of the three “Worst Cities for Cycling in America” by Bicycling magazine (alongside Dallas and Miami). That prompted the
    city to stripe a few lines of bike lanes, but it landed on the three worst
    cities list again in 2010 (this time joined by Birmingham and
    Jacksonville).  This year Bicycling honored Memphis as the “most
    improved” city for bicycling. It was also named as one of six cities (along with
    Portland, Ore., San Francisco, Washington, Chicago and Austin) to receive
    support from the Bikes Belong Foundation’s Green Lane Project in creating a
    network of protected bike lanes to serve as best practices for other cities to
    follow.

    What
    happened?

    For
    one thing Mayor A C Wharton became a champion of biking, announcing, “We
    believe in the power of bicycle facilities to enhance the health, economy and
    safety of our community.”  He hired a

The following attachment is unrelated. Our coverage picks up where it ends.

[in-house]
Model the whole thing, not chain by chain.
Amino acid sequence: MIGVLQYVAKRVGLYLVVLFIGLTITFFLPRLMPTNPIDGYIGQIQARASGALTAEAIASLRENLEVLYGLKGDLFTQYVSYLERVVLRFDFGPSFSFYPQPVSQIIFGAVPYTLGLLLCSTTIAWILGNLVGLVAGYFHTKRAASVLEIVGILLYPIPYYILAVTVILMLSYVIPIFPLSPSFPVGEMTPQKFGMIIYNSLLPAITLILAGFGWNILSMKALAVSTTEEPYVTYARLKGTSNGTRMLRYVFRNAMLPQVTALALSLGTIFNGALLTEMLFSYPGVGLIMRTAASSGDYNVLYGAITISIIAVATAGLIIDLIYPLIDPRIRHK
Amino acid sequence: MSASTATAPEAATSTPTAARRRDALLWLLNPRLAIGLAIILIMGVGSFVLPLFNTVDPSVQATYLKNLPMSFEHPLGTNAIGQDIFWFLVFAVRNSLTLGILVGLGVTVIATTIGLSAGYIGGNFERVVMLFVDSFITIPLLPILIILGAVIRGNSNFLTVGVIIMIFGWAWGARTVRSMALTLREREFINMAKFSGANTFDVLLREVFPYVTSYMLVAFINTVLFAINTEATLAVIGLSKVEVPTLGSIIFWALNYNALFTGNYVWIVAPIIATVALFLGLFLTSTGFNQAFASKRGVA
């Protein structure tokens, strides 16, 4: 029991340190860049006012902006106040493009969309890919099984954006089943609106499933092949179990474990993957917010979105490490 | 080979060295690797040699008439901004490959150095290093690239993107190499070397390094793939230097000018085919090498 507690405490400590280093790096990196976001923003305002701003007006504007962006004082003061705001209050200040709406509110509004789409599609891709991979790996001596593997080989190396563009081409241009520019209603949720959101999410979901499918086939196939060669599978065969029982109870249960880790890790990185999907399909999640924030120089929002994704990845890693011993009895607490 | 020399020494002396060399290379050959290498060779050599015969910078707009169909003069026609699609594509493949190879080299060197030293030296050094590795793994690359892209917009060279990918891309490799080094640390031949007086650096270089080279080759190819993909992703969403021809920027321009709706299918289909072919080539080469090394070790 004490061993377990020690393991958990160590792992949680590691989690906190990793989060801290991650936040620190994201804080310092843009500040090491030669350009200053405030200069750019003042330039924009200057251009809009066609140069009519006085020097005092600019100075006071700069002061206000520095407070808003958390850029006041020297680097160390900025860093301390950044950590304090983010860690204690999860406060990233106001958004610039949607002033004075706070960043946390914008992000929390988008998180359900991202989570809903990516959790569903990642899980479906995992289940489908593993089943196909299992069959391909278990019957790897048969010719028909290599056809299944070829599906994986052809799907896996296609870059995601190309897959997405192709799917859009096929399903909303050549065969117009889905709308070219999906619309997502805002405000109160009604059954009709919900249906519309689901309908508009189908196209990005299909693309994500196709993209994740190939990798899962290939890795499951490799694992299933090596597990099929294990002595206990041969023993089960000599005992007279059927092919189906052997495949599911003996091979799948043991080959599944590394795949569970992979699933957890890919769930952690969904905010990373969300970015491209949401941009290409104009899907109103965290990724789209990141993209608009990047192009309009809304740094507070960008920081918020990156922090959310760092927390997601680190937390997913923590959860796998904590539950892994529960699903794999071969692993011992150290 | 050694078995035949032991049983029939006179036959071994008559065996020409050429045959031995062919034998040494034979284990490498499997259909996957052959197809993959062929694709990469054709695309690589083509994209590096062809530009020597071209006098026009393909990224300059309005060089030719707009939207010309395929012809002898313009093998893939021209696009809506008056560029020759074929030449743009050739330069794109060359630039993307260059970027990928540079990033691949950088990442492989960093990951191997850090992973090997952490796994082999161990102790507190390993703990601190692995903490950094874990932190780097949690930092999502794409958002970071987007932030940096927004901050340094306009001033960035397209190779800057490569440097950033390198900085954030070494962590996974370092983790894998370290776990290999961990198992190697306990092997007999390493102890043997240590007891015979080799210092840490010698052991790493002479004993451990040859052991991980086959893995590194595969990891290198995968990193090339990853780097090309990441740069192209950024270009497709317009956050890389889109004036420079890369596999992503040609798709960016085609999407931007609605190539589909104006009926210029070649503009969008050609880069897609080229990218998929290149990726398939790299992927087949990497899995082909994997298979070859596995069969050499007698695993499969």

bike-pedestrian coordinator for the city and put plans into motion that led to
    more than 60 miles of bike lanes.

    Memphis
    business leaders began talking about the importance of biking to city’s future.
    Shepherd Tate–an attorney at the large Bass, Berry & Sims law firm–puts it
    plainly. “There’s no question about it. Biking makes a difference in attracting
    talent.” Eric Matthews, CEO of Launch Memphis and two other initiatives to
    nurture and attract new businesses, notes, “Biking correlates with
    entrepreneurs.”

    The
    city, already home to the world famous St. Jude Children’s Research Hospital,
    is positioning itself to become a center for new biomedical firms. “My job is
    to convince emerging companies that they can get the workers they want to come
    here,” says Dr. Steven Bares, President of the Memphis Bioworks Foundation, an
    initiative to bring emerging health companies to Memphis. “The bike is part of
    the overall strategy to compete for talent.”

    Jay Walljasper, author
    of
    The Great Neighborhood Book and All That We Share: A Field Guide to the
    Commons, chronicles urban life for a variety of publications. His website: www.JayWalljasper.com. This article was originally published on GreenLane Project.

    Photo courtesy Spencer Thomas, licensed under Creative Commons.

    Published on Oct 26, 2012